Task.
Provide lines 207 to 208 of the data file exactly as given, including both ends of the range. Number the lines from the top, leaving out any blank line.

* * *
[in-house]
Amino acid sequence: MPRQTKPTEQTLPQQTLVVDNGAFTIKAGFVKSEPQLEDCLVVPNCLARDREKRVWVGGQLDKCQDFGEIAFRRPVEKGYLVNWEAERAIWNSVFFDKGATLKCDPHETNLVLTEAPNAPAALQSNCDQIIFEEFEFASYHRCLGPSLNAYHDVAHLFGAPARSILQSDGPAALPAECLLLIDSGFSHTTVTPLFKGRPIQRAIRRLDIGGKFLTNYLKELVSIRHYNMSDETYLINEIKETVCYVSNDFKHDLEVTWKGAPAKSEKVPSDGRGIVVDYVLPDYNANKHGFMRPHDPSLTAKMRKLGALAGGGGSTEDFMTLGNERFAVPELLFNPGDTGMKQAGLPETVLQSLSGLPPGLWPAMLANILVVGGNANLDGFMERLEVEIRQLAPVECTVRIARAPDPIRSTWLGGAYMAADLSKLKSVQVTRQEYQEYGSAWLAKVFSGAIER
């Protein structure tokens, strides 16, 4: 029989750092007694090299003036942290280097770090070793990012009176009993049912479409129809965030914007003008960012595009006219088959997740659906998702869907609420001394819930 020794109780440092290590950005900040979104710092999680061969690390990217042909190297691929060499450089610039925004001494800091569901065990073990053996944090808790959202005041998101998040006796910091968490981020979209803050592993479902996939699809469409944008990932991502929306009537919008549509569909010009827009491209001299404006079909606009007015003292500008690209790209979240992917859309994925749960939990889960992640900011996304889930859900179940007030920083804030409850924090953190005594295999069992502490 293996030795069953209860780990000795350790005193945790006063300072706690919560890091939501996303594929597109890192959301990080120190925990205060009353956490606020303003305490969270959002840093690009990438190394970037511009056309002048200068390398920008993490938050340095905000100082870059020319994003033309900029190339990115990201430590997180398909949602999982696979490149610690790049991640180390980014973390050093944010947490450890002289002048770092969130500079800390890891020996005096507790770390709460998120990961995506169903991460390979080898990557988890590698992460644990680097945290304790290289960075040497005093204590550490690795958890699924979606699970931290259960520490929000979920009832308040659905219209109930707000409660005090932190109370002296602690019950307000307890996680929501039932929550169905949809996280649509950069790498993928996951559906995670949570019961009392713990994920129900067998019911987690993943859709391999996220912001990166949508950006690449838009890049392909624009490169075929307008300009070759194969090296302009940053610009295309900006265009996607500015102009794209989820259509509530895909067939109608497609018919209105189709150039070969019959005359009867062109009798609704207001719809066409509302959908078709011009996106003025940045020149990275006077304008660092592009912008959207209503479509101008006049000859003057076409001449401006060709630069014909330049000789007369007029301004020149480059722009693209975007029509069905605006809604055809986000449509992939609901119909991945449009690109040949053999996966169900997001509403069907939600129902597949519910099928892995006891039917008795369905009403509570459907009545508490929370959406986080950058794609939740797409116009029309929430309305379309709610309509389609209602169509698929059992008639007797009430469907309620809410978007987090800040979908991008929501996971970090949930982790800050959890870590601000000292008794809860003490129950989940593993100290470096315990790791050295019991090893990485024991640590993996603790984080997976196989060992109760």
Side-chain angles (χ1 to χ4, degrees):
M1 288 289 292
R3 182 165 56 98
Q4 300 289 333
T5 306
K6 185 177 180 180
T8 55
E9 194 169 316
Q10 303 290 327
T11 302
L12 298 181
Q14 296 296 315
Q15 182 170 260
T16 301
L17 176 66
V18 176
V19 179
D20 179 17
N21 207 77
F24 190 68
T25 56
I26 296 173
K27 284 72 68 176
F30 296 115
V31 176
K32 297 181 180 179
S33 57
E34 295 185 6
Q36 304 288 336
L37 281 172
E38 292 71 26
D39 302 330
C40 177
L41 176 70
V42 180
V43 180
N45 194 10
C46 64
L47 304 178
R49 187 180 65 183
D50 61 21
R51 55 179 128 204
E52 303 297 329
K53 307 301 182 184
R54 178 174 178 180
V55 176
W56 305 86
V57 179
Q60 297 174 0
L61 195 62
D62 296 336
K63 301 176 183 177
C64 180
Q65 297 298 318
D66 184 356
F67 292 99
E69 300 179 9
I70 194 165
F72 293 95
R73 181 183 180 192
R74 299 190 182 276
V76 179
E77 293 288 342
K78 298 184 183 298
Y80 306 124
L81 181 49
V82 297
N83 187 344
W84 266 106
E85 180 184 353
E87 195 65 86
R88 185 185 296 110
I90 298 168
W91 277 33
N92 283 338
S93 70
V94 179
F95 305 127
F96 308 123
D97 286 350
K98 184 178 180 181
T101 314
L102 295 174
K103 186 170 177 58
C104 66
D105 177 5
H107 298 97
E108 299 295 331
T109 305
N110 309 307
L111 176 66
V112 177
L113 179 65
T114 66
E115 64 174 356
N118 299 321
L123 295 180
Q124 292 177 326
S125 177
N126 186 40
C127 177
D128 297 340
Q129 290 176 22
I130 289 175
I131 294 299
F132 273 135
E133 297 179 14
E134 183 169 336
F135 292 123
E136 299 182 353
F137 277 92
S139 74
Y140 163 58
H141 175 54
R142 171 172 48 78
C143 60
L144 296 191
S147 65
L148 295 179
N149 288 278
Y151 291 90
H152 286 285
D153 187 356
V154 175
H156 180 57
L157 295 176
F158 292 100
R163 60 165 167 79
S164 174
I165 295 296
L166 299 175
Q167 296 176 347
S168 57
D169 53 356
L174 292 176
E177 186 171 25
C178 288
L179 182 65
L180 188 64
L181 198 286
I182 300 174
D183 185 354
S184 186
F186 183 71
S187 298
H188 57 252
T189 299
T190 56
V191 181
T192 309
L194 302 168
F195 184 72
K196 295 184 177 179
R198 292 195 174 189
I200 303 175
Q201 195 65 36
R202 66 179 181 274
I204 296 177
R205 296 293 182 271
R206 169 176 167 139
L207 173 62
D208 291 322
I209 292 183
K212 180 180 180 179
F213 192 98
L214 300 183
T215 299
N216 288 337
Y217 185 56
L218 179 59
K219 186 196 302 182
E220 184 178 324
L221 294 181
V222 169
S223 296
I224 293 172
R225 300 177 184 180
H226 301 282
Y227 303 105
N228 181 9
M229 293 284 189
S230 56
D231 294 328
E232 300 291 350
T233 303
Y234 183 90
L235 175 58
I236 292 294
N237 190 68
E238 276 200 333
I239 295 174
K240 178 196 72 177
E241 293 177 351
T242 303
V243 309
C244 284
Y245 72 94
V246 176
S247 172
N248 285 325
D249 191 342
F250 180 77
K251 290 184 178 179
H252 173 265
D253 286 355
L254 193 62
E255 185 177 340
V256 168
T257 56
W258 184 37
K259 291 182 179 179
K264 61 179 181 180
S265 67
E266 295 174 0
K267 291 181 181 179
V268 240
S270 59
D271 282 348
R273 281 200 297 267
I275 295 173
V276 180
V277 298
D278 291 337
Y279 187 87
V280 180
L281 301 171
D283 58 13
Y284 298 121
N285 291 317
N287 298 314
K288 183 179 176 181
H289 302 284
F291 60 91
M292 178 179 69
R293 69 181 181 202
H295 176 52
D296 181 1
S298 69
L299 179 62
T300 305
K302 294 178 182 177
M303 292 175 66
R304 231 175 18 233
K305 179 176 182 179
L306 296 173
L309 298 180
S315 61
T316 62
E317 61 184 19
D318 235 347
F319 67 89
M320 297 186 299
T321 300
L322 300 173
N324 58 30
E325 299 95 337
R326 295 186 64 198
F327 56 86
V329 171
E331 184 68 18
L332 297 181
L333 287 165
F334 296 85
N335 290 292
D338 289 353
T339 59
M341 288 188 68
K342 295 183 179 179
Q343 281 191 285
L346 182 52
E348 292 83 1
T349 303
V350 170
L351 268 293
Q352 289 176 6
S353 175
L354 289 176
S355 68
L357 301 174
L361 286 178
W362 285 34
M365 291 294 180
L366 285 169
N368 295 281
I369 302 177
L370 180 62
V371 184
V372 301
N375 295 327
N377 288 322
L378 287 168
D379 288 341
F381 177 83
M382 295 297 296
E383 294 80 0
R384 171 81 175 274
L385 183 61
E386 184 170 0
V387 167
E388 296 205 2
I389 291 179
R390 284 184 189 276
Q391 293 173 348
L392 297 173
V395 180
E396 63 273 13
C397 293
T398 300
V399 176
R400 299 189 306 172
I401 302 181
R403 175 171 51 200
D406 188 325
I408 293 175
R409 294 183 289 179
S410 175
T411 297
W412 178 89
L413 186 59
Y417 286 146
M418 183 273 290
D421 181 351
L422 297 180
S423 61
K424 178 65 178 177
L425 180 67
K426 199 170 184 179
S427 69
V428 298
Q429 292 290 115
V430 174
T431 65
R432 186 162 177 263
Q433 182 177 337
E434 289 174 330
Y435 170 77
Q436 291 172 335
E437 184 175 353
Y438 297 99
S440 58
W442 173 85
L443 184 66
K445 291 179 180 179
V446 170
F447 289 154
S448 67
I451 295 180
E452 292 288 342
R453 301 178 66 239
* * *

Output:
H252 173 265
D253 286 355